During much of our life we measure time by its duration: how many years have passed, how many remain before us. We rush through one task in order to hasten on to the next. We use up time, often squandering it like wealthy millionaires.
But as we reach late life, this preoccupation with quantity gives place to an appreciation of quality. The slowing of our lives allows us to meet each person and situation with greater attentiveness. Each moment, each day becomes more precious.
We are finally able to sink into the present moment. In Number Our Days, Barbara Myerhoff describes this capacity to live life fully as one of the secrets of aging well.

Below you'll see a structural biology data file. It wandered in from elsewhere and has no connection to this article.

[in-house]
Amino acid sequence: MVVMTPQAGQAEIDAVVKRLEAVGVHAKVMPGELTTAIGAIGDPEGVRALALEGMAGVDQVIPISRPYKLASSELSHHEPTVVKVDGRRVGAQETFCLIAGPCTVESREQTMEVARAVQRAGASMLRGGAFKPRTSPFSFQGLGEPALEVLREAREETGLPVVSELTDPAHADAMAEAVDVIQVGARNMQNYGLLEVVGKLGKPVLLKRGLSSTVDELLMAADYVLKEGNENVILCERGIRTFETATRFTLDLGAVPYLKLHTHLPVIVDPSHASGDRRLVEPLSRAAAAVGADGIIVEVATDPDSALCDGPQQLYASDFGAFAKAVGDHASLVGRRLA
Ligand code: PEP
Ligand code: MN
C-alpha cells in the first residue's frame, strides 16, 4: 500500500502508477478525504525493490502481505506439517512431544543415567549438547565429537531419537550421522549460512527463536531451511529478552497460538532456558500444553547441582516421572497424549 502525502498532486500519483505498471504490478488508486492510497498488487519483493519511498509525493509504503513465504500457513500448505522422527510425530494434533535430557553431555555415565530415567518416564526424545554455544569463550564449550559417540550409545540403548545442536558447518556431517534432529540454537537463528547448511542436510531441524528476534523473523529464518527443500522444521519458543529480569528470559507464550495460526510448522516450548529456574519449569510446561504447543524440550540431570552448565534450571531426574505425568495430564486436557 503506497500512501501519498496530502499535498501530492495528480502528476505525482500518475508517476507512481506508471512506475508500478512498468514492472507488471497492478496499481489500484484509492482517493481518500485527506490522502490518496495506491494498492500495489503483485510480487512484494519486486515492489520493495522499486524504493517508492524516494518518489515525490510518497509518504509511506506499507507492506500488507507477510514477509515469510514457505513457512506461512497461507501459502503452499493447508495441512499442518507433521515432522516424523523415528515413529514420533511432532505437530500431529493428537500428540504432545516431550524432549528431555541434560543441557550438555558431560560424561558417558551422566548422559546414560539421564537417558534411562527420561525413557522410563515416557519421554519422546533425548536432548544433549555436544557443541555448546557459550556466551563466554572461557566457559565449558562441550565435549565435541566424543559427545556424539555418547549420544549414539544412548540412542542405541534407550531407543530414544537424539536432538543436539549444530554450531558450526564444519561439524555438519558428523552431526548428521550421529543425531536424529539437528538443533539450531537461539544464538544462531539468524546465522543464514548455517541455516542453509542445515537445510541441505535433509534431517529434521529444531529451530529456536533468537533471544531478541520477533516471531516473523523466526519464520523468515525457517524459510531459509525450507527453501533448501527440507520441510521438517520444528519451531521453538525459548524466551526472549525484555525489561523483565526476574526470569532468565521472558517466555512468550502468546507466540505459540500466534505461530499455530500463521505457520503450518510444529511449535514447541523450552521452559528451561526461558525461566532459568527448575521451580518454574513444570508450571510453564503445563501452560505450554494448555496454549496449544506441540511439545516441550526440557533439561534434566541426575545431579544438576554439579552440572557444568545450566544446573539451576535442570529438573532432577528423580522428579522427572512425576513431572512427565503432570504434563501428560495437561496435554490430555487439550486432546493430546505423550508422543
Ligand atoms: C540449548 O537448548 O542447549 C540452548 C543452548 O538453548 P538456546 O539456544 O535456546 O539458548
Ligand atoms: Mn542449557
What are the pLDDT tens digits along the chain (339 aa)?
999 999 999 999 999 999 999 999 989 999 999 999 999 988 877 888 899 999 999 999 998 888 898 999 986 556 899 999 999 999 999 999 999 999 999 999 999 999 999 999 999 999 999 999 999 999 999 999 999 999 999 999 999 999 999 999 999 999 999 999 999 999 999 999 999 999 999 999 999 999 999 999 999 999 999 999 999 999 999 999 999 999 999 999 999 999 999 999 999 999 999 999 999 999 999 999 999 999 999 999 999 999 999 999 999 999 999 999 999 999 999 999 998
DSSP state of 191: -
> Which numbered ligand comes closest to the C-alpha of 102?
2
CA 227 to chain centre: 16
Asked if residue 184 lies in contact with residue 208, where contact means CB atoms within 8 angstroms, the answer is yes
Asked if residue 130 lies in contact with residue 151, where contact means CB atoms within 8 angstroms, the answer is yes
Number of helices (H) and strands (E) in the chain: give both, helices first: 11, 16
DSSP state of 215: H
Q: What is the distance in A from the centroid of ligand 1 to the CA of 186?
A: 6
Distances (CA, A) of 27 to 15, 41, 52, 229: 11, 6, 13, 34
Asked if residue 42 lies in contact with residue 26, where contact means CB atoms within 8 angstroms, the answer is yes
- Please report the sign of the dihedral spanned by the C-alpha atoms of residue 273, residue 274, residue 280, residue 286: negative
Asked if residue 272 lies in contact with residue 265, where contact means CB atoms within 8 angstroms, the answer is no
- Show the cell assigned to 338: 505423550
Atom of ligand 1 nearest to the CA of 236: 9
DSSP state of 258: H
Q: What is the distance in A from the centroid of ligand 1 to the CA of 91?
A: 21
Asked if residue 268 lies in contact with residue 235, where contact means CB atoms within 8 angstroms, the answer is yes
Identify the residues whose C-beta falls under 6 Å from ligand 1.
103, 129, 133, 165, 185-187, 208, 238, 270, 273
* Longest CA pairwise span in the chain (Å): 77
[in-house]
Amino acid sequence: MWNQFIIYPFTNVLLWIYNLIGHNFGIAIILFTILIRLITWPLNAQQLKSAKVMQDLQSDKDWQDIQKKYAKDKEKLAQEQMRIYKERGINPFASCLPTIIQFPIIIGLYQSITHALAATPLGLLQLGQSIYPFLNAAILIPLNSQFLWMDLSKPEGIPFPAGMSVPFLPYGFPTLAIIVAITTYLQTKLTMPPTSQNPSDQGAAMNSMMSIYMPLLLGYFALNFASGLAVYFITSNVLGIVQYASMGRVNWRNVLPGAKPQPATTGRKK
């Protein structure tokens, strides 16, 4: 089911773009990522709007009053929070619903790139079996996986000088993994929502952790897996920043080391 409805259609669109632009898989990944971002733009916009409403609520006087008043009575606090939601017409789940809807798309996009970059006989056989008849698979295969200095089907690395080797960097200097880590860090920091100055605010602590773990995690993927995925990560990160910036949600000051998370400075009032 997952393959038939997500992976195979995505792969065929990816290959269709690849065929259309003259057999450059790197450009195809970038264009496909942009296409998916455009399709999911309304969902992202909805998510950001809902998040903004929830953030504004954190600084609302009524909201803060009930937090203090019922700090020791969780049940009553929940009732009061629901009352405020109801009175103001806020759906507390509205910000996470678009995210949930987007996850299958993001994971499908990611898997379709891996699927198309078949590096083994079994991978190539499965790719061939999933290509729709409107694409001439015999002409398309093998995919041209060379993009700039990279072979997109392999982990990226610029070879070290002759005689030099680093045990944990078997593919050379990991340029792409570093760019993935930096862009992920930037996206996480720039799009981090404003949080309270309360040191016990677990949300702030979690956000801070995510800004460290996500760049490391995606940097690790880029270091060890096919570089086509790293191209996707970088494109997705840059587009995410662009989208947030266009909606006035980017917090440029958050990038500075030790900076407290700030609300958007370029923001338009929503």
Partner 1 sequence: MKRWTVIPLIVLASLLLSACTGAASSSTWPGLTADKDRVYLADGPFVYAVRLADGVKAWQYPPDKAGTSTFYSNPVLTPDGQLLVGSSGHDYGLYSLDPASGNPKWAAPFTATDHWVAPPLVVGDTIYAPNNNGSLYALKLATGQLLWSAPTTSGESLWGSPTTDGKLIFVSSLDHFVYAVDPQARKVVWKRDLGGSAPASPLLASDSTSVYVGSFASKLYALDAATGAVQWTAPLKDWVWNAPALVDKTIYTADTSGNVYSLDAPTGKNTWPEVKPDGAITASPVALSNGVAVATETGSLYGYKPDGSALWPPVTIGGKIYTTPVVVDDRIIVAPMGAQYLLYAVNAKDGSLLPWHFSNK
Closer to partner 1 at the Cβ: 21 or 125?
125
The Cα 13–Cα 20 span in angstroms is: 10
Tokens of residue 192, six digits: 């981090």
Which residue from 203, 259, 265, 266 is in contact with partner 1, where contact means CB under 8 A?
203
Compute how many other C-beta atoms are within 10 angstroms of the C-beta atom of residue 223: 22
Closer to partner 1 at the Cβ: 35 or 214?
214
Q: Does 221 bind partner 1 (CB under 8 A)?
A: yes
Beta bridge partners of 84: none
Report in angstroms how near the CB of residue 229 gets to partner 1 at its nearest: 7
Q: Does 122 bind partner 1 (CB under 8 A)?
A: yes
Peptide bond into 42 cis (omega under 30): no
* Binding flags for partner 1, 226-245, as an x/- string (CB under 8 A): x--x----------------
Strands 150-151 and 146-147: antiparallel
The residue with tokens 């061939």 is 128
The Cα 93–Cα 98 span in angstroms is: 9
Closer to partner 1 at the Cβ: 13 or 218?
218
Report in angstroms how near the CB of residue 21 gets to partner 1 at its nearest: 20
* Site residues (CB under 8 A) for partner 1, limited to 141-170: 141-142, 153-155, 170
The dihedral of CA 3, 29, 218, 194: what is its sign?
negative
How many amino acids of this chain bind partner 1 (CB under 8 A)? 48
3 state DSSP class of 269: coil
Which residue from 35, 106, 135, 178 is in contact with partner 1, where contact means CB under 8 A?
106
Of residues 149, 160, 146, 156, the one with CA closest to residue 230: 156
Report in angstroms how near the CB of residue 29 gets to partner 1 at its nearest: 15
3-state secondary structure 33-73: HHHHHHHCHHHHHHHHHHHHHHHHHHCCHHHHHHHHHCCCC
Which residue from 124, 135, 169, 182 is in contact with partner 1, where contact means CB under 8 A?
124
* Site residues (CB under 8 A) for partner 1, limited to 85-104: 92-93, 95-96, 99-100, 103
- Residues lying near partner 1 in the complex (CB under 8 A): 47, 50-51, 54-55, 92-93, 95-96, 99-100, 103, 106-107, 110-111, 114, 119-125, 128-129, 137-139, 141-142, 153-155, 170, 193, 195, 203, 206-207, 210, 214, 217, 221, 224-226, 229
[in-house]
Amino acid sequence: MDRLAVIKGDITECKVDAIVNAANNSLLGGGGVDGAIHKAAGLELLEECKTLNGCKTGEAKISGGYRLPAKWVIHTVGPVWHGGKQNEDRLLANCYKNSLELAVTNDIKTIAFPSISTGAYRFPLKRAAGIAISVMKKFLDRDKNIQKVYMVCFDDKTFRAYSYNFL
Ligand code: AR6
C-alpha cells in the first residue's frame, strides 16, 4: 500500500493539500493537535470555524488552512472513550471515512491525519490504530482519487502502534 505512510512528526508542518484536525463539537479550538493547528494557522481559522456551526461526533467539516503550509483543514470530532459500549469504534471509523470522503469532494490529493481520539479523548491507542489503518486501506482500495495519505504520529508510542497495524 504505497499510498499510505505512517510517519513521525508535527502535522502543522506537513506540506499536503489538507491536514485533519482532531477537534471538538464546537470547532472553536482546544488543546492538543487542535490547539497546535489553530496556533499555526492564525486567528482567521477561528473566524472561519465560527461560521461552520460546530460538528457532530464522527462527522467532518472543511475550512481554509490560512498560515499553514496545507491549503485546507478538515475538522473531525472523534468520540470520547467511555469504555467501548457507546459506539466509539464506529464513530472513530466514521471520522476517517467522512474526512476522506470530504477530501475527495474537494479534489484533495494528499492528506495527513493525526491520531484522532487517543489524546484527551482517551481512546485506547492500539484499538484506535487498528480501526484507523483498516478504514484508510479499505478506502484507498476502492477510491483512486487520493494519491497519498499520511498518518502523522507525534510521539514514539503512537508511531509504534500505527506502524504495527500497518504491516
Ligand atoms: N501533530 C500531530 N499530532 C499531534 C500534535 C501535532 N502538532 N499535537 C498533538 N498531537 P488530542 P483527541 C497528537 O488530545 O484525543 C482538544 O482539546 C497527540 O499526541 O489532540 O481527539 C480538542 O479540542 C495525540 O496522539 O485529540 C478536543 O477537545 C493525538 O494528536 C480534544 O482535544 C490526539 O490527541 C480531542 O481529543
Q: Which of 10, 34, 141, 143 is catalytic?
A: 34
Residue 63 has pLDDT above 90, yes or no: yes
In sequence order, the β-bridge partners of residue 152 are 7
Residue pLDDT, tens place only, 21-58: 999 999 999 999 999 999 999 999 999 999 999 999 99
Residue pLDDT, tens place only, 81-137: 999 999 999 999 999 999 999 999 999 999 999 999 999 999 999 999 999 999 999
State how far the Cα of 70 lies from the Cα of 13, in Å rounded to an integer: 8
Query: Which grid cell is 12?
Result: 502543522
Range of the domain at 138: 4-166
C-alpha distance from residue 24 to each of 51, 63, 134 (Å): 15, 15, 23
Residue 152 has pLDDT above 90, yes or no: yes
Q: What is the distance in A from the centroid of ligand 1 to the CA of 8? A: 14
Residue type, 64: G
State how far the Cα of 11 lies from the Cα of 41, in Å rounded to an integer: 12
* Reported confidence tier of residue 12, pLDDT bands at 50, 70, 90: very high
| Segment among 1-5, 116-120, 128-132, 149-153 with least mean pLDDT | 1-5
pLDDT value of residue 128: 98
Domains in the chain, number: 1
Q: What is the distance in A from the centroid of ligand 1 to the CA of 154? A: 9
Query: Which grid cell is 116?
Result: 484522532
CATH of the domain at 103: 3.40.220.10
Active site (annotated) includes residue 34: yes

She quotes a Jewish friend: "I think this paying such attention to life is what we mean by 'a heart of wisdom'...In the psalm it says, 'So teach us to number our days, that we may get us a heart of wisdom."
Learning how to number our days means cultivating a capacity for wonder, for solitude and for prayer. Deepening our understanding of these dimensions of the spiritual life can enrich our aging immeasurably.
Adapted from Winter Grace by Kathleen Fischer, copyright 1998. Published by Upper Room Books, www.upperroom.org/bookstore/. Used by permission.
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